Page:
Comparison of communication and personal characteristics of living kidney donors and a matched quota sample

Authors


  • Conflict of Interest: None.

Corresponding author: Sandi W. Smith, Department of Communication, Michigan State University, 573 Communication Arts & Sciences, East Lansing, MI 48824, USA.

Tel.: 517-353-3715; fax: 517-432-1192;

e-mail: smiths@msu.edu

Abstract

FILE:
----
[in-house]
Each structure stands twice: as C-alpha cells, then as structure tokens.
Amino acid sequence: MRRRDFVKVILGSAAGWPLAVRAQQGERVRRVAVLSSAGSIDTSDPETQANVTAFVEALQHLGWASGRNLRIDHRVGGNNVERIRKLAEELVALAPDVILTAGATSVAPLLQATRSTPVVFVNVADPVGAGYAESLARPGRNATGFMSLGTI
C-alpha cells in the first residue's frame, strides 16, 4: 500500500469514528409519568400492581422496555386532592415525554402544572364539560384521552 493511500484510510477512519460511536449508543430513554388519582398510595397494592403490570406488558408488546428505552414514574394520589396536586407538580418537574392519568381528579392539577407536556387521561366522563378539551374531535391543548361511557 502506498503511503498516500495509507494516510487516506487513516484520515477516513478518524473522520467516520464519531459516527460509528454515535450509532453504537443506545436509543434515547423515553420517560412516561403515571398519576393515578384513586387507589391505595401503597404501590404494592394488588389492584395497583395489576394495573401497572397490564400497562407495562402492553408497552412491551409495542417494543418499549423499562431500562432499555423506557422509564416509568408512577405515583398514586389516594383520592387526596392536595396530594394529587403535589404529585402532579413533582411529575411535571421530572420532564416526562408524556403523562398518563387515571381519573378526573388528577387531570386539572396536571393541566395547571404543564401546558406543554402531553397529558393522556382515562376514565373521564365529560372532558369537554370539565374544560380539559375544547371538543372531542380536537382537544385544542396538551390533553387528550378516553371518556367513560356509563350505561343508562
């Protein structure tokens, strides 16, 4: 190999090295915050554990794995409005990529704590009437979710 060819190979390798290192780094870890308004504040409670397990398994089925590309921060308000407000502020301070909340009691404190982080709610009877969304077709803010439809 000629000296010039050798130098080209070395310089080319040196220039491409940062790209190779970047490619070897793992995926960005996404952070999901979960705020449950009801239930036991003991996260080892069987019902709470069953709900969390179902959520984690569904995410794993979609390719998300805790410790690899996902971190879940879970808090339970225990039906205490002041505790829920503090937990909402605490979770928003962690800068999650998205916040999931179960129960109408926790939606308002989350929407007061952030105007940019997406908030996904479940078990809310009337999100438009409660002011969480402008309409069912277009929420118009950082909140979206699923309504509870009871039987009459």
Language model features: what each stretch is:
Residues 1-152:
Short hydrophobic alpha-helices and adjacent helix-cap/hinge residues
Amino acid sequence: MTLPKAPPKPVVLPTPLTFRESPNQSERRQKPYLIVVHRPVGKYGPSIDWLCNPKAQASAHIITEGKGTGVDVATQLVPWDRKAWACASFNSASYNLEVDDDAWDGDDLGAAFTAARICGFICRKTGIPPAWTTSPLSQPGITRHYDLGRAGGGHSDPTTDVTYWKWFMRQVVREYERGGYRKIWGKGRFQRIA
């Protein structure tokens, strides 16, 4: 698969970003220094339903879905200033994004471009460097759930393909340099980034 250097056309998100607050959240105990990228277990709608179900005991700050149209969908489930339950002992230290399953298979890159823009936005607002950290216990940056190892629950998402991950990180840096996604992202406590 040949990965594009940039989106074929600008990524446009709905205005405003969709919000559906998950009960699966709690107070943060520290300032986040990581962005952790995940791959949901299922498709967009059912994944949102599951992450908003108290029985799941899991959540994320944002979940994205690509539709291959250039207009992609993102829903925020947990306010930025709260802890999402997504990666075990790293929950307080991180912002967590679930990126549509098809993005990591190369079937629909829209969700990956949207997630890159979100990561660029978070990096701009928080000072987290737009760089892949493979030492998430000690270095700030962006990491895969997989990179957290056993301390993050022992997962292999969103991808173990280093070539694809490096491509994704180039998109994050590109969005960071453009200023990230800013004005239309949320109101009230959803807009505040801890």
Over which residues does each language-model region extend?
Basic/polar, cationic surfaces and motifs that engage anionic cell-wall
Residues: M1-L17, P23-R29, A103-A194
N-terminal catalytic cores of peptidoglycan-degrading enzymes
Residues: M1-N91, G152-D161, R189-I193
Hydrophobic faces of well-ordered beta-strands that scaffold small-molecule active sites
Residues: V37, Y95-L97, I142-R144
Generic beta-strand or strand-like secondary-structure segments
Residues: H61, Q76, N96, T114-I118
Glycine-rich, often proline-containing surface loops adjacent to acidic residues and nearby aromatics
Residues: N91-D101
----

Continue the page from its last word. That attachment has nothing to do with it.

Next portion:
Deceased organ donation does not meet the need for kidney transplants. Thus, it is important to examine topics relevant to kidney donors such as communication leading to the donation decision and donor characteristics. This study reports personal characteristics and communication leading to the decision to donate among living kidney donors and a demographically matched quota sample. Donors had higher scores for compassion, while non-donors reported more volunteerism. Donors and non-donors did not differ in conversation or conformity orientations of family communication styles. Only 4.7% of donors reported being asked to donate directly. Matched respondents reported feeling more comfortable than unsettled with the idea of being asked directly and indicated a preference to learn of the need directly or indirectly, giving them the option to volunteer. The majority of donors were giving to family members and friends, and the matched sample indicated greater willingness to donate to immediate family members, followed by friends. Practical implications of the findings are offered.

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